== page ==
Doing the Mahi – enjoying conservation volunteerism, by Sarah Fisher

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      Tony Gazley

      By Sarah Fisher

      Volunteerism is crucial to the sustainability of our backcountry, not only for the protection of our flora and fauna but also our unique backcountry hut network. It is the foundation of all tramping clubs across New Zealand and is necessary to keep the spirit of adventure in New Zealand’s backcountry alive.

      Adventuring in the outdoors, whether it be in our backcountry or just on my local urban trails, has given me so much joy, friendship, and new skills that I just want to give back to the places I love so that others can be given the same opportunities. 

      There are so many ways you can get involved in conservation volunteerism, within our club and the wider outdoors community. The Department of Conservation estimates that around 200,000 New Zealanders give their time to conservation projects each year. Every little bit counts and we all can contribute in a meaningful way. 

      Here’s just a few ways to get involved in conservation volunteerism. 

      Club volunteerism

      “Volunteers don’t get paid, not because they’re worthless, but because they’re priceless.”

      Our club relies on volunteers to keep it running. Without these volunteers, our club simply wouldn’t exist! There are so many volunteer roles within our club that have a different range of time commitment. Volunteer roles include trip leading, emergency contact volunteers, newsletter contributors, course instructors, club night speakers, gear custodians, van cleaners and committee members. Every little contribution keeps our club going strongly. Right now our club is thriving but we always need more volunteers to sustain it.  A plug from me as Emergency Contacts Manager – I’m always looking for new volunteers for different weekends so please just get in touch with me at me to be an emergency contact volunteer.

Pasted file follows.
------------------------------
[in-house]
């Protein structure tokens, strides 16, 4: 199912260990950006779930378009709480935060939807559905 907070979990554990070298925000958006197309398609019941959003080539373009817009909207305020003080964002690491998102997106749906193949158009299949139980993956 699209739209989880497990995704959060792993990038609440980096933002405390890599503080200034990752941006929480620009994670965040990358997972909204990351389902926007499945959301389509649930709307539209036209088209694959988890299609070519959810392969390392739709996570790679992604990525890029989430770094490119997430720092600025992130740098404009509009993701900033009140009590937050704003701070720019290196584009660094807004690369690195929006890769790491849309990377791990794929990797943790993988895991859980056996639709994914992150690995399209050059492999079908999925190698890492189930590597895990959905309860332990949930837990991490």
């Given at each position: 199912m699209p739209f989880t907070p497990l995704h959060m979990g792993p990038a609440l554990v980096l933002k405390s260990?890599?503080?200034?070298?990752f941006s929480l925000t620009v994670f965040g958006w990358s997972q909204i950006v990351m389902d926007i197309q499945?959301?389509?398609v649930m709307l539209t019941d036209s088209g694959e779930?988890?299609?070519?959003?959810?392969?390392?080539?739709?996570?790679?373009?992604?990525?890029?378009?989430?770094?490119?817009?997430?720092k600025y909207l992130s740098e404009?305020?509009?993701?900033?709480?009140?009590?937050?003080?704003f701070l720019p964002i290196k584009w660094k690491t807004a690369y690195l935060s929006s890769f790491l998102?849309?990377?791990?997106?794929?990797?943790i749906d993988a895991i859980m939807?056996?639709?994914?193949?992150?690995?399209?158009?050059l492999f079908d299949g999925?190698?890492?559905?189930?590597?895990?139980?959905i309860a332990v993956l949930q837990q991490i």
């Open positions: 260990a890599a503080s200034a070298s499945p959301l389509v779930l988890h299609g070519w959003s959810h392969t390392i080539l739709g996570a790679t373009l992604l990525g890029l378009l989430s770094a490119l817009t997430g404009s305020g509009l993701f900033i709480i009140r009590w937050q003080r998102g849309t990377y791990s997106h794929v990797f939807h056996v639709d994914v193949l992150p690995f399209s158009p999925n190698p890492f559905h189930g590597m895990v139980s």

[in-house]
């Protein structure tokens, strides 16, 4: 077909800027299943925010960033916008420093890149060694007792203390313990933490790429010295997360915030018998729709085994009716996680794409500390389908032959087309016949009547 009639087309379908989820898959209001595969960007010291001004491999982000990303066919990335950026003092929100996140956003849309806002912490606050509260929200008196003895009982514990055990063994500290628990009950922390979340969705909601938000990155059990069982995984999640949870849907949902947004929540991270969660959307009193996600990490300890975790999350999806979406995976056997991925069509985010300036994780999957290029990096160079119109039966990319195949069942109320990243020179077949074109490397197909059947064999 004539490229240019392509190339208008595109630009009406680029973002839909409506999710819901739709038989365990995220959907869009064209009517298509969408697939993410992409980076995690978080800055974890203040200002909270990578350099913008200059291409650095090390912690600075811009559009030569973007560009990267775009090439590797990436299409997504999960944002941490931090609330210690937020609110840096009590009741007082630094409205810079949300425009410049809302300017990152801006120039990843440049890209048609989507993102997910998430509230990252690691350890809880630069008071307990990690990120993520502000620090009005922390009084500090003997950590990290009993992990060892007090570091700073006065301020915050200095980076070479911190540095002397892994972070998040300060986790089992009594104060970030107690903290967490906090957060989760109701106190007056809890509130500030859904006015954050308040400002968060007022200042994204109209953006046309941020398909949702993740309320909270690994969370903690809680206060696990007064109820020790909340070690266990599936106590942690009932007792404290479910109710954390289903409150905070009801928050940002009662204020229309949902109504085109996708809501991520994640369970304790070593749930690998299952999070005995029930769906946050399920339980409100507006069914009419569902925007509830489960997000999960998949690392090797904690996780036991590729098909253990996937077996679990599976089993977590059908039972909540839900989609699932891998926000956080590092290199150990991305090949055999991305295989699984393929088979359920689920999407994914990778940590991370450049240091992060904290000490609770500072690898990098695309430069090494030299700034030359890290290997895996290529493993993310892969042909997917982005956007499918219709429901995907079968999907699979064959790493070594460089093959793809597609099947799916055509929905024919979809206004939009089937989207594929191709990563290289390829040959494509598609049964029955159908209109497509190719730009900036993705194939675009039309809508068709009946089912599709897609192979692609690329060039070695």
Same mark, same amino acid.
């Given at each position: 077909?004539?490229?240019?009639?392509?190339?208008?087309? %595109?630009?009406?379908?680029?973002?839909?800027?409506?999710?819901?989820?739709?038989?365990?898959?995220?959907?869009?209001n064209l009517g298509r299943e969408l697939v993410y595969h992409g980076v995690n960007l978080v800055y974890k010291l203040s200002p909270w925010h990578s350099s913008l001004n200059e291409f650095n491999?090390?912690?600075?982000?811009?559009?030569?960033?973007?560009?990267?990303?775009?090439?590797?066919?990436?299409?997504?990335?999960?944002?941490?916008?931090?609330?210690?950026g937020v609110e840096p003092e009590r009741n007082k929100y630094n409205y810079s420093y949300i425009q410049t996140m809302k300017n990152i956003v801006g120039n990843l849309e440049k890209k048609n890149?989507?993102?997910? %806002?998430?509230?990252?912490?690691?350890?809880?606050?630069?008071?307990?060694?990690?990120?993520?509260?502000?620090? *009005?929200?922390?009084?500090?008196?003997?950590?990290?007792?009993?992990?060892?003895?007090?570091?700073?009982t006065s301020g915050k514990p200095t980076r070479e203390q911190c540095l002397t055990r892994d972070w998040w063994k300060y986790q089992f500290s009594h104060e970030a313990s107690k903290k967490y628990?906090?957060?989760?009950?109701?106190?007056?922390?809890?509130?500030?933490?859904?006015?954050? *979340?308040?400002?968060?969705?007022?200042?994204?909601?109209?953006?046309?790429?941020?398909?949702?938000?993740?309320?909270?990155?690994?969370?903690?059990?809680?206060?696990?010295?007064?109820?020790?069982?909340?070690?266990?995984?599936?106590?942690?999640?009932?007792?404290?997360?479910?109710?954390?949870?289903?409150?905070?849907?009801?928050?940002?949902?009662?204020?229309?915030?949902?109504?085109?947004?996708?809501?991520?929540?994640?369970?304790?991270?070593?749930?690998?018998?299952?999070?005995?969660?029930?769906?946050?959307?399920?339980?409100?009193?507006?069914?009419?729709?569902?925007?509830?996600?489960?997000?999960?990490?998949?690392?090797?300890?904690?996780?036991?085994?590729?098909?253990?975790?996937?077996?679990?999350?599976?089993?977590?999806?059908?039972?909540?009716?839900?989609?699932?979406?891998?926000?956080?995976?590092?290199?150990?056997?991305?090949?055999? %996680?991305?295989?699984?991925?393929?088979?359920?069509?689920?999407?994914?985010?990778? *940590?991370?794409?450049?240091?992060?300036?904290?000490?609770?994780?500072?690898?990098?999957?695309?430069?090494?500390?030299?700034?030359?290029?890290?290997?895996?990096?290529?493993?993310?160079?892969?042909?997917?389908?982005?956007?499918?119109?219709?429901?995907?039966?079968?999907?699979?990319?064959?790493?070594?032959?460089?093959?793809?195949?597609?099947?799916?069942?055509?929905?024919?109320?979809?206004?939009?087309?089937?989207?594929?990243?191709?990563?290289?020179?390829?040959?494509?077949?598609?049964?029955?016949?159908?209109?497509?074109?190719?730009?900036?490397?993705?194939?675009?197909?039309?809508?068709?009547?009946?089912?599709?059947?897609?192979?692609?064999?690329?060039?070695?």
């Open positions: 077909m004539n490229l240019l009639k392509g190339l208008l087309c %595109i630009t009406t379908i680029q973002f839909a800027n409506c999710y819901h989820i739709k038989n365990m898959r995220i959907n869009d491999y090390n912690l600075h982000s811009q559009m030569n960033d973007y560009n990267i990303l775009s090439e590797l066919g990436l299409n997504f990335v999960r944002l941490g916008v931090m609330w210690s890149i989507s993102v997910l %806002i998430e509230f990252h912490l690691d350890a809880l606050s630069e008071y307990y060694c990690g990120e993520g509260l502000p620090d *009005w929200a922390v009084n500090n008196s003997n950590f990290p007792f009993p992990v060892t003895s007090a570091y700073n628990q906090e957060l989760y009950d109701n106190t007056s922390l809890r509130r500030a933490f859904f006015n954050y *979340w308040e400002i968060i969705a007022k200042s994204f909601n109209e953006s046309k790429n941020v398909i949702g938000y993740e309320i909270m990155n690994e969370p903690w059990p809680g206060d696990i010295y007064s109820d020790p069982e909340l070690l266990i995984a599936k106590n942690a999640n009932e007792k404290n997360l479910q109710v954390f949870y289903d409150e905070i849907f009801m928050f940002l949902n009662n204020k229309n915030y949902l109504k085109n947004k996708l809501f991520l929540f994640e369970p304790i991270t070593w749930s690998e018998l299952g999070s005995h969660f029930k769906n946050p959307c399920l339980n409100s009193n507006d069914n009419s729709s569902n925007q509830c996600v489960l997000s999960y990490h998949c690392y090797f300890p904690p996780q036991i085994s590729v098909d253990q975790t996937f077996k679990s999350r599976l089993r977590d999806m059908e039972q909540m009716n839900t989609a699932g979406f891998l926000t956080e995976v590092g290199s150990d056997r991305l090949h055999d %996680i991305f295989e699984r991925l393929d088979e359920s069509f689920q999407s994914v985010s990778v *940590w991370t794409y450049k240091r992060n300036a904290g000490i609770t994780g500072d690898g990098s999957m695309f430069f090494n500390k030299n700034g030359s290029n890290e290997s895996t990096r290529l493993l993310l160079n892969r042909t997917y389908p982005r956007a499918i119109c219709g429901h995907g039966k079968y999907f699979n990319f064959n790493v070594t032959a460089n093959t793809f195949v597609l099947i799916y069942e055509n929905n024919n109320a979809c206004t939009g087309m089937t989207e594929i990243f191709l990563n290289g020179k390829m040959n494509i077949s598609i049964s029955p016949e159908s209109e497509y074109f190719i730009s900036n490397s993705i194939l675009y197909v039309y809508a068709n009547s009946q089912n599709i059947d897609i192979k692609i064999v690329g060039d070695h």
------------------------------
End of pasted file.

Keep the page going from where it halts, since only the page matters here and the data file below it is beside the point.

Backcountry Hut & Track Network Volunteerism

      The rebuild team at Rocks Ahead Bivvy ready to packraft home down the Ngaruroro River [photo Backcountry Trust]

      “When enough people come together, then change will come and we can achieve almost anything. So instead of looking for hope — start creating it.” 

      A number of volunteer organisations work in partnership with DoC to maintain our backcountry huts and tracks. One of these organisations is Backcountry Trust ( Our club members, AJ Esler and Illona Keenan, recently contributed to a Backcountry Trust project that involved major refurbishment to both Rocks Ahead Biv and Rocks Ahead Hut in the Kaweka Range before they packrafted their way back down the Ngaruroro River! 

      Another one is Greater Wellington Backcountry Network ( that WTMC is a member of and club member John sits on the committee of GWBN. Tony G and I recently did a trip up to Maungahuka Hut to do a few small jobs for the GWBN that included fixing the water tank tap that had been broken for many months. It’s fantastic to feel like you are giving back to our hut network and preserving our precious backcountry heritage. 

      WTMC also has an agreement with DOC to look after the Mountain House Shelter in the Tararua Range. The shelter was built and is still maintained by club volunteers. Find out more info and how you can help here. 

      Mountain House Shelter – WTMC built and maintained [photo Tony Gazley]

      Predator Free New Zealand Volunteerism

      DOC 200 trap at Waimapihi [photo Sarah Fisher]

      Birds of Waimapihi sign [photo Sarah Fisher]

      “If you want to save a species or habitat, it’s a fight forevermore. You can never turn your back.”

      Community predator programs are easy to get involved in and incredibly rewarding. Small steps that all contribute towards our community efforts of the goal of Predator Free New Zealand – we’re aiming not just to hold the line against predators anymore but push that line right back until we achieve eradication so we can insure the future for our native species. It’s a big goal but we can’t afford to be anything less than ambitious if we want to succeed.

      I am currently involved with two different traplines covering around 50 DOC ‘200’ predator traps in my local bush reserve, Waimapihi (formerly Polhill). I love knowing I am contributing towards helping our native birds like kākā and tīeke thrive and making it a safer home for them.

      DoC Volunteerism

      “We do not inherit the earth from our ancestors; we borrow it from our children.”

      DoC has lots of projects that you can apply to get involved in.

      I’ve signed up to the Takahē Recovery Programme and I’m super excited about going to Te Anau in April to volunteer for a week at the Burwood Takahē Recovery Centre! It will involve working with the resident Takahē and doing predator control work.

    • #62203 Reply

      Great ideas – thanks

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